Four bolt base plate that will support a 765kV running corner tower.

If the Shoe Fits: Design of 765-kV Tower Base Plates

Aug. 10, 2022
Traditional assumptions used for base plate and anchor bolt design must be reconsidered for lattice towers.

American Electric Power (AEP) recently developed base shoe and standoff anchor bolt designs for its 765-kV lattice tower family. Developing a design process proved challenging, as a ready-to-use methodology could not be identified. Instead, a variety of approaches were identified from industry publications that were contradictory and yielded significantly different results. This required AEP to develop their own approach for this unique type of base plate.

Achieving economic construction of lattice towers requires the ability to connect the superstructure to a variety of foundation types. That led AEP to undertake the design of base shoes for its 765kV tower family that could be utilized for transferring loads to both concrete pier and micropile capped foundations. A design using standoff or double nut anchor bolts was selected. This provided the flexibility to adjust the stub setting and avoids water infiltration, corrosion, and inspection issues that can occur when base plates are grouted after construction.

The design of anchor-bolted base plates for self-supporting transmission towers is unique. When compared to other structures such as moment frames, tubular steel transmission poles, or highway signs, lattice towers produce large axial loads as opposed to large bending moments. The result is similar design loads for all anchor bolts in the group and provides less redundancy when compared to anchor bolt groups with large overturning moments where only a few bolts are subjected to the maximum design loads. A review of available literature from the American Society of Civil Engineers (ASCE), American Institute of Steel Construction (AISC), and American Association of State Highway and Transportation Officials (AASHTO) resulted in a variety of approaches for base plate and anchor bolt design that offered little consistency.

Anchor Bolt Bending

A significant design decision was whether the effects of flexure on the anchor bolts should be considered when determining the required quantity and layout. Most design standards and guidelines from AASHTO, ASCE and AISC allow flexure in the anchor bolt to be ignored if the distance between the top of concrete and the bottom of the base plate is less than or equal to two anchor bolt diameters.

The recommendation is based on full scale base plate and anchor bolt tests where the applied normal stress in the anchor bolt due to bending is less than ten percent of the total axial stress. This is a common stress condition for anchor bolt groups subjected to large overturning moments and small shear loads but not a typical stress distribution for lattice towers. For the lattice towers in this study, the stress due to bending accounted for approximately fifty percent of the total normal stress. Given the uncertainty of anchor bolt behavior for this condition of combined loads it was deemed prudent to include anchor bolt bending in the design approach.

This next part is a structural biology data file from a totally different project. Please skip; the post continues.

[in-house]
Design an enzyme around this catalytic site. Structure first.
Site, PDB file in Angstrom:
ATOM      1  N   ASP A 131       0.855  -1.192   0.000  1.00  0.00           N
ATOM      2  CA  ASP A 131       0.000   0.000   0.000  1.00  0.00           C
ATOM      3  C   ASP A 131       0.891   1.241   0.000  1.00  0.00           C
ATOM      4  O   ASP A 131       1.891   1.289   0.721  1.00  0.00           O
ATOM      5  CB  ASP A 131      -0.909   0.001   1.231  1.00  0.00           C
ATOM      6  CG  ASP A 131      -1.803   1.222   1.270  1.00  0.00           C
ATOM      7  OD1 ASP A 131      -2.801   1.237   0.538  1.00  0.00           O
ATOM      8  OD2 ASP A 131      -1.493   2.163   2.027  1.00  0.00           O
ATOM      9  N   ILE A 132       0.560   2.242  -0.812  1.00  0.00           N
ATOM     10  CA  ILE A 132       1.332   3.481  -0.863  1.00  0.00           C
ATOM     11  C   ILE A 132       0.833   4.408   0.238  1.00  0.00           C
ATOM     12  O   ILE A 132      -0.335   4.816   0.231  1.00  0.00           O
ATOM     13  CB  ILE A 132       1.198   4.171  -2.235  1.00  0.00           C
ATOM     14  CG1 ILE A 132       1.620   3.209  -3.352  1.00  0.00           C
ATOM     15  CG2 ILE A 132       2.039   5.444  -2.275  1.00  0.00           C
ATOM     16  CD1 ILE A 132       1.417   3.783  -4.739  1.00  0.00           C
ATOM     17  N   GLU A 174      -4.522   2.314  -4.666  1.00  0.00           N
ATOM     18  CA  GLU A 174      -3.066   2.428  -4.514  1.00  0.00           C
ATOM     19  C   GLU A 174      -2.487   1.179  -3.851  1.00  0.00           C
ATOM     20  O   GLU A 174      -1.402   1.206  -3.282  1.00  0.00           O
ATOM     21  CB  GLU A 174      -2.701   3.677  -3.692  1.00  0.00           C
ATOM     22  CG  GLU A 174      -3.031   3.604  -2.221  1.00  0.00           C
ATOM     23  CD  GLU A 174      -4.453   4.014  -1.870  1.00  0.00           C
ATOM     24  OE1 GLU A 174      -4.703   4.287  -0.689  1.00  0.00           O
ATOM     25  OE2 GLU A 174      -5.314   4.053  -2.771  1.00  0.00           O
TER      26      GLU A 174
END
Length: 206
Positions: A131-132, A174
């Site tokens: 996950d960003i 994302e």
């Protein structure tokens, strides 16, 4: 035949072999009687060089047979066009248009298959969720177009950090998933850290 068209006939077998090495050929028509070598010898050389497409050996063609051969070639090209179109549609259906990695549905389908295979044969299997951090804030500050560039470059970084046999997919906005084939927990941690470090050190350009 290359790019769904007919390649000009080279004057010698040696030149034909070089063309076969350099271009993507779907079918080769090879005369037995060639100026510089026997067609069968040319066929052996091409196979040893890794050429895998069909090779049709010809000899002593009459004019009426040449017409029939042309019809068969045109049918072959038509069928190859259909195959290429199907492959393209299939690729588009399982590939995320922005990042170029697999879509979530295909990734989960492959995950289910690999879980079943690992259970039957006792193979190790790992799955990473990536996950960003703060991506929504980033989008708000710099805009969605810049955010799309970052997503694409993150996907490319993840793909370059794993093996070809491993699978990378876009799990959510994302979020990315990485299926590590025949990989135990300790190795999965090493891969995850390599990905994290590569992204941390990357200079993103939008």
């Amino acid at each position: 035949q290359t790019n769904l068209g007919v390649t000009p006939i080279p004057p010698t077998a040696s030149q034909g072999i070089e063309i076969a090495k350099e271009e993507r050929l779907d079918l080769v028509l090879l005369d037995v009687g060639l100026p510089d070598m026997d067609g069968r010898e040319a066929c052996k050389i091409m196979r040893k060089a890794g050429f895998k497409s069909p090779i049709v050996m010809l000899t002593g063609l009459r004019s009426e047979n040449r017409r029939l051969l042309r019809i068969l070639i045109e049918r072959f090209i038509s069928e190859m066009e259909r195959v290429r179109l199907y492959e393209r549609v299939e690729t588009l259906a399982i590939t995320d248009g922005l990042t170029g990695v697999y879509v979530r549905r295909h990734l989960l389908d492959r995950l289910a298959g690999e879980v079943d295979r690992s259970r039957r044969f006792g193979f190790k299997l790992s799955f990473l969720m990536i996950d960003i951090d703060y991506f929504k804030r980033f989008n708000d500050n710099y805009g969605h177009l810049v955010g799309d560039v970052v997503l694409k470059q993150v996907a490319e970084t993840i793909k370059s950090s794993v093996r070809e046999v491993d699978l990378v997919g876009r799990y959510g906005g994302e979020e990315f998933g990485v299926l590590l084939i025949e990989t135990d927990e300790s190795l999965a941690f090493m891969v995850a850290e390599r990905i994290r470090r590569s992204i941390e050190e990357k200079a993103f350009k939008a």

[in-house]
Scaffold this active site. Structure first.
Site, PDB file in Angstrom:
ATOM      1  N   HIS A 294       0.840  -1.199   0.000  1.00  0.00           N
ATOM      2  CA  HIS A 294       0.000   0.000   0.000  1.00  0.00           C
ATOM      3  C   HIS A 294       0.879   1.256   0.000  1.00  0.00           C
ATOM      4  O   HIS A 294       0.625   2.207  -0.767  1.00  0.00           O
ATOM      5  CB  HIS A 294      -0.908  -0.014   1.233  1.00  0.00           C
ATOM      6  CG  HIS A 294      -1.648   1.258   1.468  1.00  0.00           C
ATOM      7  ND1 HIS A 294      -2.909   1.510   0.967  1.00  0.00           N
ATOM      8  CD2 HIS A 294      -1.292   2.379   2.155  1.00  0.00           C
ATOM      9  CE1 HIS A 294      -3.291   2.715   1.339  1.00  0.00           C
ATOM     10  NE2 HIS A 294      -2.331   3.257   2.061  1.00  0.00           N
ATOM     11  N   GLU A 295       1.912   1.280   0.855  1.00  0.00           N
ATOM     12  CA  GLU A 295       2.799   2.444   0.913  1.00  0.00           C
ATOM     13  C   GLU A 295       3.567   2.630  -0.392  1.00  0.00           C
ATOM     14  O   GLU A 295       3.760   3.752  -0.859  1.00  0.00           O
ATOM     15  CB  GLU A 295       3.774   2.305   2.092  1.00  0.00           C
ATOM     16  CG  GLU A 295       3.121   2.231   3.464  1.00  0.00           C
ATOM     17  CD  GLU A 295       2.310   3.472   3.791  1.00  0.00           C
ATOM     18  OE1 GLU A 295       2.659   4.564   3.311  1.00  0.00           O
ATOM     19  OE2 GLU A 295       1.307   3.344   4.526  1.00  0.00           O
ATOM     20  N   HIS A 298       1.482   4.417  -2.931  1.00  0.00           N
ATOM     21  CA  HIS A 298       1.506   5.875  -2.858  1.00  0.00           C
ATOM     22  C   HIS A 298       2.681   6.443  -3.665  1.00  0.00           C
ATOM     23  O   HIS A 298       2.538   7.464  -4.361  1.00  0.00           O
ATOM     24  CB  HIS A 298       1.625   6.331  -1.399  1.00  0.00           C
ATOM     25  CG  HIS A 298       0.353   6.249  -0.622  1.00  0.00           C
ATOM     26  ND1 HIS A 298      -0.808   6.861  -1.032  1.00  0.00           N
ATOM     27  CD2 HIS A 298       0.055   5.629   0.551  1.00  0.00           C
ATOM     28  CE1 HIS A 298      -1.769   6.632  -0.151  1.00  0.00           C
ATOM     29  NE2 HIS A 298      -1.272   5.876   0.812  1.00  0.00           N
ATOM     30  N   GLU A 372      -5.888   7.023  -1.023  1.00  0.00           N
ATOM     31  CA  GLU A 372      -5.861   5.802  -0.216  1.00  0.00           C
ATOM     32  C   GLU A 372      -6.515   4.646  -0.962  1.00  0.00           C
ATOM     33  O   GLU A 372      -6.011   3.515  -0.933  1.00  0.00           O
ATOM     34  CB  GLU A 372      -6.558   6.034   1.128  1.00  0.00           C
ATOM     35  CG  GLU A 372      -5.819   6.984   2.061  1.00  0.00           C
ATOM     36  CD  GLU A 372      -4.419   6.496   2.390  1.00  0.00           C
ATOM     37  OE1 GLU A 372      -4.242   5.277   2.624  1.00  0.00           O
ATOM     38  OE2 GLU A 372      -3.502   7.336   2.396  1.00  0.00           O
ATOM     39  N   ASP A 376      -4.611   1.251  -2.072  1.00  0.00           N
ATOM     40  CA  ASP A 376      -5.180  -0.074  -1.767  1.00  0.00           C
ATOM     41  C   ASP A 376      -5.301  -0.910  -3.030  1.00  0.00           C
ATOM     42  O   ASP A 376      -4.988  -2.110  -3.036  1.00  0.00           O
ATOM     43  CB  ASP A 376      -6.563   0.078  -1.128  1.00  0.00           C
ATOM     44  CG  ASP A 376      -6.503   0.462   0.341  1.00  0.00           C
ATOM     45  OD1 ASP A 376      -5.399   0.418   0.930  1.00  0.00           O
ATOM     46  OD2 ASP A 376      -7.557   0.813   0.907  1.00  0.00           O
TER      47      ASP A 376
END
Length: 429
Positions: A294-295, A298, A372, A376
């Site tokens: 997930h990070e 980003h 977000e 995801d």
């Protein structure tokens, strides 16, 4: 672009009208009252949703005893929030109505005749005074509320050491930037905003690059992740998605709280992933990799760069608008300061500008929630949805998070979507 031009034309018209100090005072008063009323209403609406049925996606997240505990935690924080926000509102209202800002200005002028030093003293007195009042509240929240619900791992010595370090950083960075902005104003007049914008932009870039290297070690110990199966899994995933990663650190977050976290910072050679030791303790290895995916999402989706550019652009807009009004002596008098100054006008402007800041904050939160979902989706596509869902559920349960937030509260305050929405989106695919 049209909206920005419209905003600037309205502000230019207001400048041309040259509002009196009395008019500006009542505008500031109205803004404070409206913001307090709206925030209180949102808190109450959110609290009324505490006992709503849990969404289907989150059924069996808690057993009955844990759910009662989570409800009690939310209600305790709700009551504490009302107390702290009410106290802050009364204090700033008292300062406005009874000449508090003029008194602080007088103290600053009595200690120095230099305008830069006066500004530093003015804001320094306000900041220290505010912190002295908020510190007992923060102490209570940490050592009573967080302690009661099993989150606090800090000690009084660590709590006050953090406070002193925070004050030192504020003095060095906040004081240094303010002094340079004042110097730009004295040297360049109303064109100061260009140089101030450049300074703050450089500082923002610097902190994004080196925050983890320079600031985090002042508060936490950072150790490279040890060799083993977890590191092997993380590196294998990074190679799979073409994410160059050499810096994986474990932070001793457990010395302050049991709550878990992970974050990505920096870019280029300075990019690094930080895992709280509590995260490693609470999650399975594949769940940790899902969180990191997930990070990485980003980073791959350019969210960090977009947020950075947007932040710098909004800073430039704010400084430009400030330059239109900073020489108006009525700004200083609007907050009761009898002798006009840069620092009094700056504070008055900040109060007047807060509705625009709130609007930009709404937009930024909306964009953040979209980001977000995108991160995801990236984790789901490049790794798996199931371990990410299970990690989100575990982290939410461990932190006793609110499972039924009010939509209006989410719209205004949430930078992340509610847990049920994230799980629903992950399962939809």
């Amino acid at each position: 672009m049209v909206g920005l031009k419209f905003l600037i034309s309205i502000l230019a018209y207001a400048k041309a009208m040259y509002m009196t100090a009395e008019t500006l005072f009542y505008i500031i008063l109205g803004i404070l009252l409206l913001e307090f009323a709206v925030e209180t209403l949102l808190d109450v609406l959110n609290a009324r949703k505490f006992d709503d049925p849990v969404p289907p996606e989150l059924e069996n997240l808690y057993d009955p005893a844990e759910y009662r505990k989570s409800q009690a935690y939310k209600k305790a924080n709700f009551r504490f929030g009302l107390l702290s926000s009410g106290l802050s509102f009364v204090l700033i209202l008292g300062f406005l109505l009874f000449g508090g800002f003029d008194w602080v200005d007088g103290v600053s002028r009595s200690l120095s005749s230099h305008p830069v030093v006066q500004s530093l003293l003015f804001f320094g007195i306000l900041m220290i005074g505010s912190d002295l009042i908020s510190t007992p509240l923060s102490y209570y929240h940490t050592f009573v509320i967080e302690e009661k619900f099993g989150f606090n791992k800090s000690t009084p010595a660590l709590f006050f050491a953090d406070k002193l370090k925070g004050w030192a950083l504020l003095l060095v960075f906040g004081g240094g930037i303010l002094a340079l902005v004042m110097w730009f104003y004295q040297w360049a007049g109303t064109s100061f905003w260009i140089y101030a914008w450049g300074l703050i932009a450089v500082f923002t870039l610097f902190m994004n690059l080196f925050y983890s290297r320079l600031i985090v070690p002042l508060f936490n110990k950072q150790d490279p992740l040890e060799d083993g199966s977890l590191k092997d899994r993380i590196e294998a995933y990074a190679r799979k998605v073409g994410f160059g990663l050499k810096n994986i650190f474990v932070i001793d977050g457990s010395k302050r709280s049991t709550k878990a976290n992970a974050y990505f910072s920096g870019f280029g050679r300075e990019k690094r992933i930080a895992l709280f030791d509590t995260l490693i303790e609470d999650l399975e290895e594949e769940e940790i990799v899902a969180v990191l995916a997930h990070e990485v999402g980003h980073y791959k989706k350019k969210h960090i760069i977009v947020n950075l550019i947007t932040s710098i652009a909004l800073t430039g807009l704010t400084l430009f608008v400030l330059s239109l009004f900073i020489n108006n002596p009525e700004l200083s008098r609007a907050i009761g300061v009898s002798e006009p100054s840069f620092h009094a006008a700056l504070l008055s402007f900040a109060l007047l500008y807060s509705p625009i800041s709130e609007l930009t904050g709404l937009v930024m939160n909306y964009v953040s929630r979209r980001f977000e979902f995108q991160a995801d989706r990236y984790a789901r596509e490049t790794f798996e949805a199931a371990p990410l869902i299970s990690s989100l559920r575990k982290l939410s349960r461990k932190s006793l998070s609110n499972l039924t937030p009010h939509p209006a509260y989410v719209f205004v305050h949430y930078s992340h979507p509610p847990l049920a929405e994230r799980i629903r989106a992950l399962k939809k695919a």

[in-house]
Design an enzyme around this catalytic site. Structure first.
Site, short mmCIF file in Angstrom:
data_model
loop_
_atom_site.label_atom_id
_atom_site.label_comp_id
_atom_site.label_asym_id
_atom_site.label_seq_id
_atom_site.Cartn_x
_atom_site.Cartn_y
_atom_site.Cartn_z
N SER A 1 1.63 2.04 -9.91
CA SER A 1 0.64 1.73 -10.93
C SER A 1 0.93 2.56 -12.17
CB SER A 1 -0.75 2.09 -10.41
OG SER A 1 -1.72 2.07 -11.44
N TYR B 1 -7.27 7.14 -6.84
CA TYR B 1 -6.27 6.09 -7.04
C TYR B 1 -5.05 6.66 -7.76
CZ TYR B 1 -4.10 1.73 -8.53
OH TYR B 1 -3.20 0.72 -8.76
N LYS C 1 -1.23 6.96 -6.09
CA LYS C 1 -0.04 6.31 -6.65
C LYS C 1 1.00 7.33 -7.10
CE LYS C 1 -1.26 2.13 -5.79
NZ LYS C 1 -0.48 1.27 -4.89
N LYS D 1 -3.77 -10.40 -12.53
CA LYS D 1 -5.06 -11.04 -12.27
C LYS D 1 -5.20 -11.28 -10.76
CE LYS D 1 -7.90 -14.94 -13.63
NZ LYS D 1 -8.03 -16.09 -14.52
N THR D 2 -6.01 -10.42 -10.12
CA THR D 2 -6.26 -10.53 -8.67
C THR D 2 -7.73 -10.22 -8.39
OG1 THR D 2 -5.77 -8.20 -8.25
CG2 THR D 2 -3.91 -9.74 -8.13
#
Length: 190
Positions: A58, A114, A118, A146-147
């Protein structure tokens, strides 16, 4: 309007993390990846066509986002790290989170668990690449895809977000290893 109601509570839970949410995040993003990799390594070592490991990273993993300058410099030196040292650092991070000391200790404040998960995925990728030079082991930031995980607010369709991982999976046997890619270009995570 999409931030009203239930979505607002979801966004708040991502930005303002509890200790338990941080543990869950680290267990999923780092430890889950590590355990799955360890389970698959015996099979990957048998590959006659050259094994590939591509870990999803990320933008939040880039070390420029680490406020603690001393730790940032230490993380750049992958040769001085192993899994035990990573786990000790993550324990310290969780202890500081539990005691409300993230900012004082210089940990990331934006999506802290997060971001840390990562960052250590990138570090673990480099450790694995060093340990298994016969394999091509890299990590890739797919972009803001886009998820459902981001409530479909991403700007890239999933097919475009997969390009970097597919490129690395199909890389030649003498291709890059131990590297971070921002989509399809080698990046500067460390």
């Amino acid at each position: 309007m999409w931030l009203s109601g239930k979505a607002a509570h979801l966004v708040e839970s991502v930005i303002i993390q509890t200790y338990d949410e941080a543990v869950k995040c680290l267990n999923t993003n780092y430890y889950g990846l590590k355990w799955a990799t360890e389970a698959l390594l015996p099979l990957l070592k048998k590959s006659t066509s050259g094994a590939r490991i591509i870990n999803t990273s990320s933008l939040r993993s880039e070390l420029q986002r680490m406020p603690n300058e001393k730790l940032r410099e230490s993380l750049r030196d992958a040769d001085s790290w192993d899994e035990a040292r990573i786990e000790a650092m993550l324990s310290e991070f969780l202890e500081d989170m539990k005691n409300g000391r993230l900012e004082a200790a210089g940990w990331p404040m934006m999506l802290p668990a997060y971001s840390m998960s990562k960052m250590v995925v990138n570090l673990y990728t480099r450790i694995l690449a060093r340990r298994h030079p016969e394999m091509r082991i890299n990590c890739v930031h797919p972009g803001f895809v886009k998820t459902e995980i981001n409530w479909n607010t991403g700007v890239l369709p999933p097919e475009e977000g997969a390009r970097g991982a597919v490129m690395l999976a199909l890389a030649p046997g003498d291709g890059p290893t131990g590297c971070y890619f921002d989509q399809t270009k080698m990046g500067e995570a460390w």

Only three references were identified that provided a complete documented method for including anchor bolt bending: ASCE 113-08, ASCE 48-19 and a paper by Cook, Pravett, and McBride for the Florida Department of Transportation. All three methods assume the anchor bolt deforms in double curvature. However, the assumptions for the flexural length of the anchor bolt and the amount of fixity at either end were all different. The methods used different values for allowable bending stress of the bolt and whether the elastic or plastic section modulus was used when calculating bending capacity.

These three methods were used to calculate the required number of anchor bolts for a tangent, running corner and dead end structure from the 765kV lattice family and compared to the requirements if bending was ignored. Including bending resulted in an increase of anchor bolt quantity by as little as 25%, or as much as 250%. The method proposed by Cook et al. was selected as it required only a moderate increase in the required number of anchor bolts and has been shown to provide good comparisons with experimental results.

Finite Element Analysis

A nonlinear Finite Element (FE) model was created for each base plate to verify the design approach. The impact that plate flexibility has on stress distribution throughout the stub and the distribution of anchor bolt forces was of particular interest. The base plates were modeled as elasto-plastic solids in Autodesk Inventor Nastran. Each model included the base plate, stub angle, stiffeners, anchor bolts and leg diagonals.

FE results for the more heavily loaded running corner and deadend towers showed additional stresses in the assembly than were originally anticipated, specifically around the toe of the stub and stiffeners. Under load, the base plate begins to deform into a bowl. The stub and stiffeners resist the deformation by concentrating forces at the tips where the change in deflected shape is most pronounced. The stress concentrations in these “hotspot” locations are impacted by the thickness of the base plate. Stresses decrease in magnitude with the increase in plate thickness and rigidity.